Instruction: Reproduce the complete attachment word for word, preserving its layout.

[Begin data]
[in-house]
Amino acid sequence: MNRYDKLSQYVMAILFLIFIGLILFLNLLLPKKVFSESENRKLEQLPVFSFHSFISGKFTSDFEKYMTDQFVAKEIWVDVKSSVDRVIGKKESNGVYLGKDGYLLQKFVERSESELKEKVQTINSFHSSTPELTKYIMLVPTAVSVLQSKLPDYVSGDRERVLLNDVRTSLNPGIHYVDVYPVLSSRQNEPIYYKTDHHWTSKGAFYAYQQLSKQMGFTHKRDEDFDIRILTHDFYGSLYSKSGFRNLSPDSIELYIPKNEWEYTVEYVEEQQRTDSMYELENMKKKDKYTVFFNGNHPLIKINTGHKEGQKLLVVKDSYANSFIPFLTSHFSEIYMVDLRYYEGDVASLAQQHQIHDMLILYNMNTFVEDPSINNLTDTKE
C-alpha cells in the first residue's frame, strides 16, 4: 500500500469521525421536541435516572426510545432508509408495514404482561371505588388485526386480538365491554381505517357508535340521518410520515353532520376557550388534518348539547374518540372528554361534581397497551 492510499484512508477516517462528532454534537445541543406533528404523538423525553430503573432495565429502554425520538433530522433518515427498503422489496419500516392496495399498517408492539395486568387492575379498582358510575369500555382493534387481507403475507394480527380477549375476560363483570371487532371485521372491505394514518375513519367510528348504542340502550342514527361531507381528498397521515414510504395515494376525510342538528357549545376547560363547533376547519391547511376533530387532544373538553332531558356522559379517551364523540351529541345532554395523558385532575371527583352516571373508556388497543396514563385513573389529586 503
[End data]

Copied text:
[in-house]
Amino acid sequence: MNRYDKLSQYVMAILFLIFIGLILFLNLLLPKKVFSESENRKLEQLPVFSFHSFISGKFTSDFEKYMTDQFVAKEIWVDVKSSVDRVIGKKESNGVYLGKDGYLLQKFVERSESELKEKVQTINSFHSSTPELTKYIMLVPTAVSVLQSKLPDYVSGDRERVLLNDVRTSLNPGIHYVDVYPVLSSRQNEPIYYKTDHHWTSKGAFYAYQQLSKQMGFTHKRDEDFDIRILTHDFYGSLYSKSGFRNLSPDSIELYIPKNEWEYTVEYVEEQQRTDSMYELENMKKKDKYTVFFNGNHPLIKINTGHKEGQKLLVVKDSYANSFIPFLTSHFSEIYMVDLRYYEGDVASLAQQHQIHDMLILYNMNTFVEDPSINNLTDTKE
C-alpha cells in the first residue's frame, strides 16, 4: 500500500469521525421536541435516572426510545432508509408495514404482561371505588388485526386480538365491554381505517357508535340521518410520515353532520376557550388534518348539547374518540372528554361534581397497551 492510499484512508477516517462528532454534537445541543406533528404523538423525553430503573432495565429502554425520538433530522433518515427498503422489496419500516392496495399498517408492539395486568387492575379498582358510575369500555382493534387481507403475507394480527380477549375476560363483570371487532371485521372491505394514518375513519367510528348504542340502550342514527361531507381528498397521515414510504395515494376525510342538528357549545376547560363547533376547519391547511376533530387532544373538553332531558356522559379517551364523540351529541345532554395523558385532575371527583352516571373508556388497543396514563385513573389529586 503